To have someone comment that the particlar scent you are wearing is nice and they are standing next to you is good. To have someone comment and ask if you had been there because they could smell your scent and you had already been gone 10 minutes is bad.

    I do want to be able to smell the scent I put on throughout the day, but I do not want to overpower others I work with. I think there is a fine line there and as long as I am not at the extreme ends I feel it is OK.

    Body odor is vile. It is important to have your body and your clothes clean. It is a quick turn-off to smell someone that reeks. And putting on fragrance after a lunchtime exercise does not help.

  15. #15
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    Default Re: Interesting: Fragrance etiquette

    I am very sensitive to fragrance. Therefore if I am in a movie for 2 hours and the people near me are just reeking of fragrance I get up and move from that seat. I start to cough and it is impossible to sit within 3 feet of some of these harsh fragrances.

    When people come into my store some are so full of a scent that it lingers and overpowers the store for a few hours. That is way too much for my taste.

    For etiquette purposes and my tastes I would prefer people to wear fragrances that are only noticeable if you are within a close proximity of their body. Some softer fragrances are more acceptable. The cloying varieties give me headaches.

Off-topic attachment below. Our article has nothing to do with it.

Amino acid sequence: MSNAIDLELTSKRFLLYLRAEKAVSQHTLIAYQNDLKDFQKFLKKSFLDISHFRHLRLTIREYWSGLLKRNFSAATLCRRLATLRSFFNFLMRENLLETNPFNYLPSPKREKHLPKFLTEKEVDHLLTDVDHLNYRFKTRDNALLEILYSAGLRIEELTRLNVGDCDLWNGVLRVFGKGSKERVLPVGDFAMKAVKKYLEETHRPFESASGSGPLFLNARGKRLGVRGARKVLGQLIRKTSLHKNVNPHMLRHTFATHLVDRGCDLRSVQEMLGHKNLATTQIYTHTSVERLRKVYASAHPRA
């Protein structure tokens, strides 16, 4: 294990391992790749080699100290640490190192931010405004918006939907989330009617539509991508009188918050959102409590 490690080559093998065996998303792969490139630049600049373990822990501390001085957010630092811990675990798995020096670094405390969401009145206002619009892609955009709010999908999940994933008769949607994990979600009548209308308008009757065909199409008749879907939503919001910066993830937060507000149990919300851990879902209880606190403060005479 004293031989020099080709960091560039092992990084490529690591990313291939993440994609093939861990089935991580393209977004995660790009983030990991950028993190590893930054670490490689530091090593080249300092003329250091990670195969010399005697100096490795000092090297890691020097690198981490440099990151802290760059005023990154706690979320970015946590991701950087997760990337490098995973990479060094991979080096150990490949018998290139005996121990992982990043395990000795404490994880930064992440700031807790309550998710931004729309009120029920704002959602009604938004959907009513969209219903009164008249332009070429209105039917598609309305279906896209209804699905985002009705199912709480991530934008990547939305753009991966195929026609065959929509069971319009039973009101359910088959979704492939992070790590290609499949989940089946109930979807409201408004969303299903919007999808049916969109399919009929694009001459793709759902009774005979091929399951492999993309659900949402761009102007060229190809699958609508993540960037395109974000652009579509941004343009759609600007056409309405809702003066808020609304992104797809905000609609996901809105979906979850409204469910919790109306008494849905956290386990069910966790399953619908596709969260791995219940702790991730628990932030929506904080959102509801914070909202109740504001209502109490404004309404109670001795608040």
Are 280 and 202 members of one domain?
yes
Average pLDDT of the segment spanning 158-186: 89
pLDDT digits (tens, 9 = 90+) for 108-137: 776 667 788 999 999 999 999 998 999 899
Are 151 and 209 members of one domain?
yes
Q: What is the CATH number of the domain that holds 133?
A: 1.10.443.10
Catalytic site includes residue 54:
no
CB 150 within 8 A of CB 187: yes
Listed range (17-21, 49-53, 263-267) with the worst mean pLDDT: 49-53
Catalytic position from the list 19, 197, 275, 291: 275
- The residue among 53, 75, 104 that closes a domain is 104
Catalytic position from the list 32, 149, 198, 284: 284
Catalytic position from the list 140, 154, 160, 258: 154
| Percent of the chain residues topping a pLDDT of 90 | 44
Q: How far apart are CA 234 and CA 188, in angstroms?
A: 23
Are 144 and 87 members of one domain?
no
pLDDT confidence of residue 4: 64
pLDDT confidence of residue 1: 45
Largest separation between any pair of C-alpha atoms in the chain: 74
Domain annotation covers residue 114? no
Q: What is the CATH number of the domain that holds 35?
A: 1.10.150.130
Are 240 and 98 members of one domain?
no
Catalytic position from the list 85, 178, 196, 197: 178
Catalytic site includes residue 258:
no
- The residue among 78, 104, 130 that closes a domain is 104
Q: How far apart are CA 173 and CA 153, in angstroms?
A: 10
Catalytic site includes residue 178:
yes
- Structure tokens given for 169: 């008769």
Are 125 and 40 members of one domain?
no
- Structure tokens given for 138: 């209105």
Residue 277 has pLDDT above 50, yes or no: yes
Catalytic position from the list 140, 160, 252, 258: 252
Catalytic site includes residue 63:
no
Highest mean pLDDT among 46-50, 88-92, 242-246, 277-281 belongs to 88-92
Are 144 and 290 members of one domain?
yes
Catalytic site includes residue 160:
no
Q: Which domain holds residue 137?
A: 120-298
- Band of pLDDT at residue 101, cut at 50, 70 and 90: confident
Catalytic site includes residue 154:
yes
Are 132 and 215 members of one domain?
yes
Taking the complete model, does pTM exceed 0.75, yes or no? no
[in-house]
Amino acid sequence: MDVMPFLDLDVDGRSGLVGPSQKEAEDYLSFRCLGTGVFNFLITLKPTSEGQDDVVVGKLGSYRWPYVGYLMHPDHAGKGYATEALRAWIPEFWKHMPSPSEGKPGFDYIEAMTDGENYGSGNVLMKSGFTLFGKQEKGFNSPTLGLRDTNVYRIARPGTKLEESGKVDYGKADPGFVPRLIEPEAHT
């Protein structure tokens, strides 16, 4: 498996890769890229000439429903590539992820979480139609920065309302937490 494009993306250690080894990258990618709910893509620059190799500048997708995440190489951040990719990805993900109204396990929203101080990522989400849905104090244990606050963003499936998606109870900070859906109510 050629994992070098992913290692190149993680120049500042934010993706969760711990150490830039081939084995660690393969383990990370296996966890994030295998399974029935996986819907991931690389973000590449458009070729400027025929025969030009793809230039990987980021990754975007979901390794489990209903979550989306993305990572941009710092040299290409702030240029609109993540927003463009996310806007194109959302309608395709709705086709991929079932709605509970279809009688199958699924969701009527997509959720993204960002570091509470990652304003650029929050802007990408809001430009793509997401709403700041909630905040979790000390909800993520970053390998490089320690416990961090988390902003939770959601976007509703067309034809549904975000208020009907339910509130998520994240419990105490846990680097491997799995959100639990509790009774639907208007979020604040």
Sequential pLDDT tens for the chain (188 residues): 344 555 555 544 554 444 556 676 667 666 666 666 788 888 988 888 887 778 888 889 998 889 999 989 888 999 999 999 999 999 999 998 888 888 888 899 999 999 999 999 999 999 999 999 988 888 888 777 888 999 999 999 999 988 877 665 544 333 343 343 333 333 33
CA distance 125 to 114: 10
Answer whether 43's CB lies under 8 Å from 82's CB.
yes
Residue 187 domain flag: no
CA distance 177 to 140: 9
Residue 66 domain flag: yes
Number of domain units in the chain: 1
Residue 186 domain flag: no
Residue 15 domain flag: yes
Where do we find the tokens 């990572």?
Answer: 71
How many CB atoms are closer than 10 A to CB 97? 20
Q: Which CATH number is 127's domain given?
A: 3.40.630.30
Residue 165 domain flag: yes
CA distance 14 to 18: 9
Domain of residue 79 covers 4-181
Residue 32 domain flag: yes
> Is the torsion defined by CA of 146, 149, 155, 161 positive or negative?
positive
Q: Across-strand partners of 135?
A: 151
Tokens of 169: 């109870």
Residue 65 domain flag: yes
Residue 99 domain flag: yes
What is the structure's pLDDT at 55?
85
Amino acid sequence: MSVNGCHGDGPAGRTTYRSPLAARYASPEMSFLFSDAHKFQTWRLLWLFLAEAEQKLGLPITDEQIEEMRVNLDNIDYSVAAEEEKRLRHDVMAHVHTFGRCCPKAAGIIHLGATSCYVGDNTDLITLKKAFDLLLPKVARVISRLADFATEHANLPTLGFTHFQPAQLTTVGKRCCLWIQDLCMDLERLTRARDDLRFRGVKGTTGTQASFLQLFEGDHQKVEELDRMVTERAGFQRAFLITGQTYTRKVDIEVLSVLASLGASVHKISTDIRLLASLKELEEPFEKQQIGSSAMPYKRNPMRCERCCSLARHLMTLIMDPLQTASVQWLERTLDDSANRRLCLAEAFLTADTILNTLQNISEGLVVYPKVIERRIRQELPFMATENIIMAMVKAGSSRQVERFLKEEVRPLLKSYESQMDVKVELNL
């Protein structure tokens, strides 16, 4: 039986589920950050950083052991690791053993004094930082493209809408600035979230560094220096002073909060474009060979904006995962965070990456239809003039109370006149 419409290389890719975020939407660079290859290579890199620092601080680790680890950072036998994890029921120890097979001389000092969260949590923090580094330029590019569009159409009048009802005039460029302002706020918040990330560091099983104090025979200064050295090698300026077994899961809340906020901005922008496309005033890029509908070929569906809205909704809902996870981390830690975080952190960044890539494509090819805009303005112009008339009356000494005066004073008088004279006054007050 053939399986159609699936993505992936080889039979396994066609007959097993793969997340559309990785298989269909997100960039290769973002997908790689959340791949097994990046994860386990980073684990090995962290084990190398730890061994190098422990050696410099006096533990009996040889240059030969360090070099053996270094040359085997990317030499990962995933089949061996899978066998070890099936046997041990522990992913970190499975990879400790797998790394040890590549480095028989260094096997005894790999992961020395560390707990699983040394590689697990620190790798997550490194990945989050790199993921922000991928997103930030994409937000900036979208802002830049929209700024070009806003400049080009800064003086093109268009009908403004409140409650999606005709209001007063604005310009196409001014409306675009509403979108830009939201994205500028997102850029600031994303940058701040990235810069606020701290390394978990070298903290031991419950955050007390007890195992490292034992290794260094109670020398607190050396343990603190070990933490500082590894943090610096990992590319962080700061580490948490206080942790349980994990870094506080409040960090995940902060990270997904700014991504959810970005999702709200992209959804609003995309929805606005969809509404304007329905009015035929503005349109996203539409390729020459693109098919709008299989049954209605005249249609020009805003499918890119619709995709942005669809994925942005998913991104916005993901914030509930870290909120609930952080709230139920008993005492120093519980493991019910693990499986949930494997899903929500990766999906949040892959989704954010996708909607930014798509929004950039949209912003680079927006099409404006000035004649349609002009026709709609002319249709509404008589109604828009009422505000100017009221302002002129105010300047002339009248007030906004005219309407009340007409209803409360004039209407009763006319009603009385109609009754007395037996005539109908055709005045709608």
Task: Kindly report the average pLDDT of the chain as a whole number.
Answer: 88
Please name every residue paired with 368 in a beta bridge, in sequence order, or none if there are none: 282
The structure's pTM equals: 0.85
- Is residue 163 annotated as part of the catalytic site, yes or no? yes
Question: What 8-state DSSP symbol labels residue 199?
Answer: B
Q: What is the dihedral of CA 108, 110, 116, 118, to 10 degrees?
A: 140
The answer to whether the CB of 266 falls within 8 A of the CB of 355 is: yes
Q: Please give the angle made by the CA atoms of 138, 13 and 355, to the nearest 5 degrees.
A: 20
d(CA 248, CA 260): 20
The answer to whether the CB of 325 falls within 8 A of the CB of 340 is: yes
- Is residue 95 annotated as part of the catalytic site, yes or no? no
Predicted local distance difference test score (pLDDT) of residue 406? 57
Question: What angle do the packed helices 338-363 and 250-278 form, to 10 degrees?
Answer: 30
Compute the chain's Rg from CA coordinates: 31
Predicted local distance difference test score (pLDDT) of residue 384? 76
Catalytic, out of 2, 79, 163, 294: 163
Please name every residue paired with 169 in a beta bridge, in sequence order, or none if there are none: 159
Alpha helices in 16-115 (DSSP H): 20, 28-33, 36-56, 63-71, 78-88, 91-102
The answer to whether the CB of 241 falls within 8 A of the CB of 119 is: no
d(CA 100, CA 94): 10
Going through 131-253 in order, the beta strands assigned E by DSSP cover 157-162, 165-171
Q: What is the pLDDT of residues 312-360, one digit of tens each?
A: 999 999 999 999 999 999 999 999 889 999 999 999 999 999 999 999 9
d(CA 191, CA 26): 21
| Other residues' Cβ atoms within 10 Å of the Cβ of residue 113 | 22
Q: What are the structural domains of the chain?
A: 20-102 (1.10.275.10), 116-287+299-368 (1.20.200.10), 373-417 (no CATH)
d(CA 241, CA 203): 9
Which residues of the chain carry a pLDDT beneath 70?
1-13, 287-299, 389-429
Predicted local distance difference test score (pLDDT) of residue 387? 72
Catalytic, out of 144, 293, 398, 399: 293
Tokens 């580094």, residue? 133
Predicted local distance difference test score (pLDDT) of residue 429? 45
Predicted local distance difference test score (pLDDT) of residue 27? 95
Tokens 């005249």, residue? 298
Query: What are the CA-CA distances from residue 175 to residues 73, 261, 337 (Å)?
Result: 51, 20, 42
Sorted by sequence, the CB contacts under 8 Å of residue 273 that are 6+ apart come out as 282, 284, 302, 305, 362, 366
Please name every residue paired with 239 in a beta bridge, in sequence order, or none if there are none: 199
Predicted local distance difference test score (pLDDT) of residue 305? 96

I remember going to restaurants and they smelled like Giorgio... it was banned years later. Cell phones are being banned in public places now with signs. They are too intrusive. That is what I would say about wearing fragrance; don't be so in my face.

    There are occasions when I have asked someone what they are wearing as it was so beautiful..
    JoAnne Bassett, Perfumer
    http://www.JoAnneBassett.com

  16. #16
    LeMâle's Avatar
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    Default Re: Interesting: Fragrance etiquette

    I've changed it to say something I think more of us can agree upon. I hope it's acceptable.

  17. #17
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    Default Re: Interesting: Fragrance etiquette

    Quote Originally Posted by greyhueofdoubt
    I found this little tidbit in the Wikipedia article concerning etiquette in Canada and the United States ( http://en.wikipedia.org/wiki/Etiquet..._United_States )






    Now this was news to me. I usually like to be able to smell my frag (independent of sillage) when I get home from work. I don't reapply during the day.




    What do other BNers think of this etiquette 'rule'?



    -ben